4. Disruptive – Free calling: at 9 below I list the disruptive element of mobile app projects as one of my reasons for their supremacy in the digital age. But I have listed free calling on its own because it has had such a profound disruptive effect on the old land line and mobile system. All you need is Wi-Fi and a Wi-Fi enabled device and you can make free international calls anywhere. Just a few years ago international phone bills used to be astronomical. If you used your UK mobile phone on a trip to the US for say an aggregate of 1 hour, your bill could be as much as between £500 to £1,000.00. Those days are gone. Smart phones and the Internet have made expensive international calls a thing of the past. Now an International call through the Skype app is to another Skype user is free. Skype is not the only provider in town, there is Kakao Talk, Viber and many more.
5. New platforms: apps have enabled so many new platforms. There are now smart watches, smart fridges, Google Glass, apps in cars, apps in clothes; the Internet of things means there is just about an app being built to make everything smarter.
6. Education: apps are transforming education as we know it. Children as young as 8 are making apps and using them. Apart from Apps that teach children literacy, maths and science , there are apps to help teach children the value of money, in Sweden teachers are even teaching children using gaming apps . Incidentally Scandinavian schools have topped just about every educational league table ever.
7. B2b apps for enterprise: it’s not just B2C apps that are leading innovation. There is innovation going on between businesses to solve problems ranging from security to how to improve the supply chain.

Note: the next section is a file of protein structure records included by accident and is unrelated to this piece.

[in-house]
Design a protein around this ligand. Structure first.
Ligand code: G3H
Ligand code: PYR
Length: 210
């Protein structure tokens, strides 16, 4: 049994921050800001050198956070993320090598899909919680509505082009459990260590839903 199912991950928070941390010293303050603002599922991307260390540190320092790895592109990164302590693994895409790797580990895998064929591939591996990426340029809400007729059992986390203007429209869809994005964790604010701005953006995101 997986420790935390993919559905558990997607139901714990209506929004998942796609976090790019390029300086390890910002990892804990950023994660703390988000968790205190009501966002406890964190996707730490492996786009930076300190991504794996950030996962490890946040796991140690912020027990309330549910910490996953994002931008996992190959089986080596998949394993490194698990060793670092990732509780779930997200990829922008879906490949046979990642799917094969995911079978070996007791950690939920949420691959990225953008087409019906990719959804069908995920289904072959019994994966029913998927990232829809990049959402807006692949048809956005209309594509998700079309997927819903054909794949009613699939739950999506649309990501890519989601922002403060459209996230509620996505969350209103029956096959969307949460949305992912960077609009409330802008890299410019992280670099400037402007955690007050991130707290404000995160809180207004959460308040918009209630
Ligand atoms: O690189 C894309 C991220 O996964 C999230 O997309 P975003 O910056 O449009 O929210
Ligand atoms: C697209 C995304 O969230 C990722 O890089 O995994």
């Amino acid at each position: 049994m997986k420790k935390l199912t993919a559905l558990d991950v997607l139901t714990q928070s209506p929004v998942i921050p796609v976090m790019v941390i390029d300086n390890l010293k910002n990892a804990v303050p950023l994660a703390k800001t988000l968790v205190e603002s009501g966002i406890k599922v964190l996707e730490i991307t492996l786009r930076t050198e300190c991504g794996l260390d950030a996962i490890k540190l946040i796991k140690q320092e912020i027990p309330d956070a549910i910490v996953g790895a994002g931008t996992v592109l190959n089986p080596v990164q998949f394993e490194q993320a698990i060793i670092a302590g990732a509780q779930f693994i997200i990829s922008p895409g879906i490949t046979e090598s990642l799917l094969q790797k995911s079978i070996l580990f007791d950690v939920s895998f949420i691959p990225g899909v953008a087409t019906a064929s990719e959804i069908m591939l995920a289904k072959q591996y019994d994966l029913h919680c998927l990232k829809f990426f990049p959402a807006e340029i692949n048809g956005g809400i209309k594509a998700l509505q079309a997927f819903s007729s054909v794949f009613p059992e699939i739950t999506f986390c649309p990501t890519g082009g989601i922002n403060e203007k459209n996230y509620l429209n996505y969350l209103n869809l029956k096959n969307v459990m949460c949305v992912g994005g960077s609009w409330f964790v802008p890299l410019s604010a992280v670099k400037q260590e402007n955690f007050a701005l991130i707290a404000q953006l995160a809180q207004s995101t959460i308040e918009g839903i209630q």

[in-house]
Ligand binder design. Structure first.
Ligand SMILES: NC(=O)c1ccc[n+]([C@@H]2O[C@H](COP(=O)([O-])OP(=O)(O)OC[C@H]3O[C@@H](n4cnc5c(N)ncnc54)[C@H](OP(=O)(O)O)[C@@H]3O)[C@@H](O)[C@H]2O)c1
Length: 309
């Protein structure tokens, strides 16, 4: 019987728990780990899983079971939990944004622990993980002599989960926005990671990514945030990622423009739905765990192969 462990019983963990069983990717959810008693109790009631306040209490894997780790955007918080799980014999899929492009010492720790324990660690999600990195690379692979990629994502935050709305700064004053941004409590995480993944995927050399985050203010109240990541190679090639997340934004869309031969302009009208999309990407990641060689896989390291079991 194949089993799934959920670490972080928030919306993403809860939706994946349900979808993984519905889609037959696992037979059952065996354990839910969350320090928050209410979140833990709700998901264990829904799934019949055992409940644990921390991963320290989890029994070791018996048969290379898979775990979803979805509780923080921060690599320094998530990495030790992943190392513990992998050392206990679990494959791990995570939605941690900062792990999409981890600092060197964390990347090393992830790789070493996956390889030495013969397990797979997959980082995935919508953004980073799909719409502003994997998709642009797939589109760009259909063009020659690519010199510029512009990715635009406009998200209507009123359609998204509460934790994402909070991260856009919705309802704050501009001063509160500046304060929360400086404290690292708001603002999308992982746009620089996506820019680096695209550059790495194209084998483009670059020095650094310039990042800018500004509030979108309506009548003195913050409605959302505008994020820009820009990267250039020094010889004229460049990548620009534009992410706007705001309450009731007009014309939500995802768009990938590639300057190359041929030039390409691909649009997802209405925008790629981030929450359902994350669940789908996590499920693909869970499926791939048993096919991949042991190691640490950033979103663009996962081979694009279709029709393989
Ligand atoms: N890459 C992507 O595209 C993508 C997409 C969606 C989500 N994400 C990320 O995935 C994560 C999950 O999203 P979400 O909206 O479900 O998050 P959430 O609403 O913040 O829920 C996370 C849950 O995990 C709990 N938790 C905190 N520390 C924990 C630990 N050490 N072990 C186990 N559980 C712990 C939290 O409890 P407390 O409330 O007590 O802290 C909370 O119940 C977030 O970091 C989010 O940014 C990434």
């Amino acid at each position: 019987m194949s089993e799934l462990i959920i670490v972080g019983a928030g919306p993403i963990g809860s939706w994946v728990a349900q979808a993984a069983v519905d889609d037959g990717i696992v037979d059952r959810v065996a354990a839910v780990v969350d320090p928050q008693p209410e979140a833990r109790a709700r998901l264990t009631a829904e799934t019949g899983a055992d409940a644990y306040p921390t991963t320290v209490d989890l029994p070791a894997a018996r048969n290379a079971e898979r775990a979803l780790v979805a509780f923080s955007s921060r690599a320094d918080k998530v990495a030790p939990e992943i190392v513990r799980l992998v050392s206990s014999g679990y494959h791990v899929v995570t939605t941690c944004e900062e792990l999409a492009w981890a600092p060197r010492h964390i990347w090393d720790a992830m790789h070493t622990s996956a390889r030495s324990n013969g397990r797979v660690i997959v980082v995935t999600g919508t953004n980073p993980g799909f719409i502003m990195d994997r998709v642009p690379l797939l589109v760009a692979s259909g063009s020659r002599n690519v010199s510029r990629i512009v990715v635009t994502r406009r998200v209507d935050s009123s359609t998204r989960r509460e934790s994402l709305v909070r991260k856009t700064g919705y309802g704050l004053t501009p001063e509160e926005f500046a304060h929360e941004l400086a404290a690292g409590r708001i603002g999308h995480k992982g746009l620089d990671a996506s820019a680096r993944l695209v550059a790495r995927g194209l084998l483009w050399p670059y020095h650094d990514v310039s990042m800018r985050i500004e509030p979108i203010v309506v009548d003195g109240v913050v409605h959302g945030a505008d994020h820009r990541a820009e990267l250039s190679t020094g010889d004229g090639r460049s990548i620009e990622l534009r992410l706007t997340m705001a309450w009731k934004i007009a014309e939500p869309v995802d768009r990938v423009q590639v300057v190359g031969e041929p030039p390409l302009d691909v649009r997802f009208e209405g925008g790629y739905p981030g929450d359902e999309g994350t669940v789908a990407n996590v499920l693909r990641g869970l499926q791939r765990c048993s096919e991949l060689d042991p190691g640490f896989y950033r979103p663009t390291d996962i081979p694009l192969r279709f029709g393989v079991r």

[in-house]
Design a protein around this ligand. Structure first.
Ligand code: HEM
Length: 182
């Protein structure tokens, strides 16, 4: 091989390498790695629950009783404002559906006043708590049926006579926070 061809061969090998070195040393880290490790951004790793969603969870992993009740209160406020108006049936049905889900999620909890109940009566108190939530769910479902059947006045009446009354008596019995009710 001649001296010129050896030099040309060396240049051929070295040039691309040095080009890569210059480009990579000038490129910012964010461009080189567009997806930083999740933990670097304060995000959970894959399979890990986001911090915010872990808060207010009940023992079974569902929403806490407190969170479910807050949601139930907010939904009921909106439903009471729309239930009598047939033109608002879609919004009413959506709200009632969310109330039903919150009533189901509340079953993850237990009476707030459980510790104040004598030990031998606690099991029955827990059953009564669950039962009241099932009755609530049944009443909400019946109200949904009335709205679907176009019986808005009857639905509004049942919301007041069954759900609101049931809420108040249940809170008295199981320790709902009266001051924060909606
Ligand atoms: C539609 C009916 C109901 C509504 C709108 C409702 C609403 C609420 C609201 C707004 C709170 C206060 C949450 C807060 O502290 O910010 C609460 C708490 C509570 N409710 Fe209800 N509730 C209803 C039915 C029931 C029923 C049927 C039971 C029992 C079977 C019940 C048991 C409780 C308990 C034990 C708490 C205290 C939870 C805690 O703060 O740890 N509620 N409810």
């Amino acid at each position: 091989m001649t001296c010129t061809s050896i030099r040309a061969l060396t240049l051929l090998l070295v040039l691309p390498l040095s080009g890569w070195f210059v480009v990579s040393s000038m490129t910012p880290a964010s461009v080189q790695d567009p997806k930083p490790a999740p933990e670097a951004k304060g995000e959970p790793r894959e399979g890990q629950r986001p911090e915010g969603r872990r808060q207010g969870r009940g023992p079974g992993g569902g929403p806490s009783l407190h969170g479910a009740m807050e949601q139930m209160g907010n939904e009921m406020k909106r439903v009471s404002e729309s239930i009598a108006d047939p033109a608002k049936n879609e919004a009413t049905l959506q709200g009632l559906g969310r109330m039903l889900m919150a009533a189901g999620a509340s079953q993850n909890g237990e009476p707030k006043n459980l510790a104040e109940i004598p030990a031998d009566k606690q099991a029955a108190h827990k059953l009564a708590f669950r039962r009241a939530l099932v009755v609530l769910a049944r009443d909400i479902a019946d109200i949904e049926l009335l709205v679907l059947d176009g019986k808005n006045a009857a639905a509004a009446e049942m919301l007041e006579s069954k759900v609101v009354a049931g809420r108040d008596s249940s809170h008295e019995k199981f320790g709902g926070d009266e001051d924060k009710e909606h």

8. Culture: normally the complaint is that device usage is taking over from normal human interaction. Instead of communicating with each other we spend all our time on Instagram, Facebook, Twitter, and Tumblr. But apps are being made that bring people closer together. There are a growing number of dating apps based around location data. Also educational apps based on location data support knowledge and culture. This means people are better informed, increasing interest in museums and art galleries and even love.
9. Disruptive: apps are being built everyday to challenge the status quo in just about every industry. Uber and other taxi apps ensured that even taxis have felt the pressure of the innovation and the power of the app. Apps like Airbnb are challenging the hotel and bed and breakfast industry.
10. Speed and convenience: given the fact that we are always on the go in the digital age, apps support our busy lives by allowing us to speed up the process for much of our daily chores. The small size of most of the devices that run apps also supports convenience.